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WHO declares end to global health emergency status for COVID.

The World Health Organization (WHO) has announced that COVID-19 no longer represents a global health emergency, marking a significant milestone in the fight against the pandemic that has killed over 6.9 million people and had a major impact on the global economy. The WHO’s Emergency Committee met on Thursday and recommended the end of the public health emergency of international concern, which has been in place for more than three years. WHO Director-General Tedros Adhanom Ghebreyesus said, ‘It is, therefore, with great hope that I declare COVID-19 over as a global health emergency,’ although he added that the end of the emergency did not mean COVID was over as a global health threat.


The emergency committee declared COVID-19 as the WHO’s highest level of alert in January 2020, a status that helps focus international attention on a health threat and bolster collaboration on vaccines and treatments. Lifting it is a sign of progress in these areas, but COVID-19 is still present and poses a threat. Ghebreyesus said, ‘COVID has changed the world, and it has changed us. And that’s the way it should be. If we go back to how things were before COVID-19, we will have failed to learn our lessons, and failed our future generations.’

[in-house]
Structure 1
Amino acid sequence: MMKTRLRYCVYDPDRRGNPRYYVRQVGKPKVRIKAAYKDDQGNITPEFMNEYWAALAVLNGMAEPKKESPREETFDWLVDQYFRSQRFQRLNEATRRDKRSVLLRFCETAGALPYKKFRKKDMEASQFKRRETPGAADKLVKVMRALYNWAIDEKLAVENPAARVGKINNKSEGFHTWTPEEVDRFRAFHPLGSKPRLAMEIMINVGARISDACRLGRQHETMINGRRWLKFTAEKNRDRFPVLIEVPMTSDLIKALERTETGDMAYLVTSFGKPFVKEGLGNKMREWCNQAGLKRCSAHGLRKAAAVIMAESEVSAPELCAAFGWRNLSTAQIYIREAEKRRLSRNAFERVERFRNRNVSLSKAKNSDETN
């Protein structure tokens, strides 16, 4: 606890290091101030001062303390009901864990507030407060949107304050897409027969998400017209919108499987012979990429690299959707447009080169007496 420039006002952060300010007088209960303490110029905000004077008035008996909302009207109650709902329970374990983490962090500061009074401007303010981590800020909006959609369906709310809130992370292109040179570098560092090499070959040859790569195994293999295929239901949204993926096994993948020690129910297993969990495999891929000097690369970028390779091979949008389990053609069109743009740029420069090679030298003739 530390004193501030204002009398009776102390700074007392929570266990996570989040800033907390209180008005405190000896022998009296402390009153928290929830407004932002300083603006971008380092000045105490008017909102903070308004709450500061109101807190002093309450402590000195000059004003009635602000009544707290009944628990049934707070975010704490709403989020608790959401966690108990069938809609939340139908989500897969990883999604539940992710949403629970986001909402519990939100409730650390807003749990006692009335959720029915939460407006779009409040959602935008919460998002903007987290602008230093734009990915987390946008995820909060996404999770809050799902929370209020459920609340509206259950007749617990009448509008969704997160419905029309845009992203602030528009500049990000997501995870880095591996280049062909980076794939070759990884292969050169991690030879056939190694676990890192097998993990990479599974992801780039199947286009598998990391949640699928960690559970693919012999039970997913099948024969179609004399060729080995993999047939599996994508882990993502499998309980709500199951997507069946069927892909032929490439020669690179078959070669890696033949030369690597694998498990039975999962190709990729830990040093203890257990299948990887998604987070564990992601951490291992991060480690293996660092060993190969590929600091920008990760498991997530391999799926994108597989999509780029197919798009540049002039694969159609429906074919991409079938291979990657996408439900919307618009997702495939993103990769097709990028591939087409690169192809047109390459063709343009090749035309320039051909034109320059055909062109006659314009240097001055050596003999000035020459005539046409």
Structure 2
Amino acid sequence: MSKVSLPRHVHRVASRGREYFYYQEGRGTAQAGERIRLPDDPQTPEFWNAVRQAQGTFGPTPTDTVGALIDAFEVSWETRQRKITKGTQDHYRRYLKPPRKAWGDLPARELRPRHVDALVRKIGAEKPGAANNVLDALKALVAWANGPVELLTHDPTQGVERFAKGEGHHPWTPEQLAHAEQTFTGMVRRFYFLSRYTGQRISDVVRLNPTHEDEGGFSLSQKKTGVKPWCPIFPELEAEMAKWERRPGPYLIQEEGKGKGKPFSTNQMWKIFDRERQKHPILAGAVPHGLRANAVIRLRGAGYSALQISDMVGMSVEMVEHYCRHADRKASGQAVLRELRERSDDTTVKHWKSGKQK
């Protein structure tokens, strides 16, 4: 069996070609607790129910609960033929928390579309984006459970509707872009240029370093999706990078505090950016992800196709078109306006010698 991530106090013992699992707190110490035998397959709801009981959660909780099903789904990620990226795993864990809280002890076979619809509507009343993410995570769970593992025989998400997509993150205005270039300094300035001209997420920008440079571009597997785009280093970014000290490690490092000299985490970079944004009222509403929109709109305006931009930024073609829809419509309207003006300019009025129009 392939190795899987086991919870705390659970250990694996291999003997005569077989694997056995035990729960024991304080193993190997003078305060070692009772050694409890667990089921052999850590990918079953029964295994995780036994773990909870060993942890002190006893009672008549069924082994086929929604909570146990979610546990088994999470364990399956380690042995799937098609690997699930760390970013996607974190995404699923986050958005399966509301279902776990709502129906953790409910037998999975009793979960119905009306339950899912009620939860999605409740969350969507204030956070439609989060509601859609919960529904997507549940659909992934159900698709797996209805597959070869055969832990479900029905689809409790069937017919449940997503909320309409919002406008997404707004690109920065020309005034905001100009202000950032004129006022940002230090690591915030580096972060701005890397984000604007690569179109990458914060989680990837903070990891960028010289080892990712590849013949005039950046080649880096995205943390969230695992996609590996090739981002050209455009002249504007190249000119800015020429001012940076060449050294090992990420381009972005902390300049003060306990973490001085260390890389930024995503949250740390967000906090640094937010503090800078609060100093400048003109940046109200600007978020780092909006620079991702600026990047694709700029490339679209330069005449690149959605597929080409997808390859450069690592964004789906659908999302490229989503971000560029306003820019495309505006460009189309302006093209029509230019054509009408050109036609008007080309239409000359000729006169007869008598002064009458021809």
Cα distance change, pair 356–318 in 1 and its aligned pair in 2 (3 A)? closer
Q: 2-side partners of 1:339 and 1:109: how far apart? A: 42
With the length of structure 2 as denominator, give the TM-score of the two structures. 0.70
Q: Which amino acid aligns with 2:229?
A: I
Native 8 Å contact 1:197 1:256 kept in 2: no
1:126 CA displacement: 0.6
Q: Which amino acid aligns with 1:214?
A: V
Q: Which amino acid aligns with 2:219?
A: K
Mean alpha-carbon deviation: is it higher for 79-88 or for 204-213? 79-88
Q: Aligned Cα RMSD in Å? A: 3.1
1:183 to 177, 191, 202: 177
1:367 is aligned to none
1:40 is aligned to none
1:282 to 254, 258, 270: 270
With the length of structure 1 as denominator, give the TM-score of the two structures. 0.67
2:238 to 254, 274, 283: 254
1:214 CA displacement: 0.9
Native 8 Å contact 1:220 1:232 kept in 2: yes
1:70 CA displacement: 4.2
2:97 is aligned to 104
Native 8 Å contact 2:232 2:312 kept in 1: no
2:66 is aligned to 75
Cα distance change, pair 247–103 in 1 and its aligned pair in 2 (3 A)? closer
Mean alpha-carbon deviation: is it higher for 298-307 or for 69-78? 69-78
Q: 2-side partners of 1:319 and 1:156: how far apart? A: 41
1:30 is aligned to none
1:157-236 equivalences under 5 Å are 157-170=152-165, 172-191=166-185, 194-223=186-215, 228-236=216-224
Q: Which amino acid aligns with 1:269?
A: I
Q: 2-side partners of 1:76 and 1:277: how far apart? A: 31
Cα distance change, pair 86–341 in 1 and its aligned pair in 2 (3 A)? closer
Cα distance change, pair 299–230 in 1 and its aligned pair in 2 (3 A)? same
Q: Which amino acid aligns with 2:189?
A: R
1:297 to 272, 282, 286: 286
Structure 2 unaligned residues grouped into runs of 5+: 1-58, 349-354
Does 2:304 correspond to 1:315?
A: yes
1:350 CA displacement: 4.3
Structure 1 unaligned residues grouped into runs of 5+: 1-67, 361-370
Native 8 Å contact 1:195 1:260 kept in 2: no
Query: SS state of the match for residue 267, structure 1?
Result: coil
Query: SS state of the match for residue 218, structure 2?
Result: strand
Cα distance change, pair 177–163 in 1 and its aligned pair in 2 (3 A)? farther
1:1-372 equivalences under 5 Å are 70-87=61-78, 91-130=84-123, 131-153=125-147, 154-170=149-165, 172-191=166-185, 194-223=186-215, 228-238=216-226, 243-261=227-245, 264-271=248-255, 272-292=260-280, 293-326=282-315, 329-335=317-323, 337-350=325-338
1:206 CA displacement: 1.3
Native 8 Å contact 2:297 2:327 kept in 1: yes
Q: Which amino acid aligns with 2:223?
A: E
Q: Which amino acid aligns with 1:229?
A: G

Although the death rate has slowed significantly, with just over 3,500 people dying from COVID in the week to April 24, 2023, according to WHO data, the organization cautioned that COVID-19 is here to stay. The WHO does not declare the beginning or end of pandemics, although it started using the term for COVID in March 2020.


The end of the global health emergency status could mean that international collaboration or funding efforts are brought to an end or shift in focus. Many regions have already adapted their pandemic response as COVID-19 has receded in different areas. The European Union declared the emergency phase of the pandemic was over in April last year, and the WHO’s African head said in December 2022 it was time to move to routine management of COVID across the continent.


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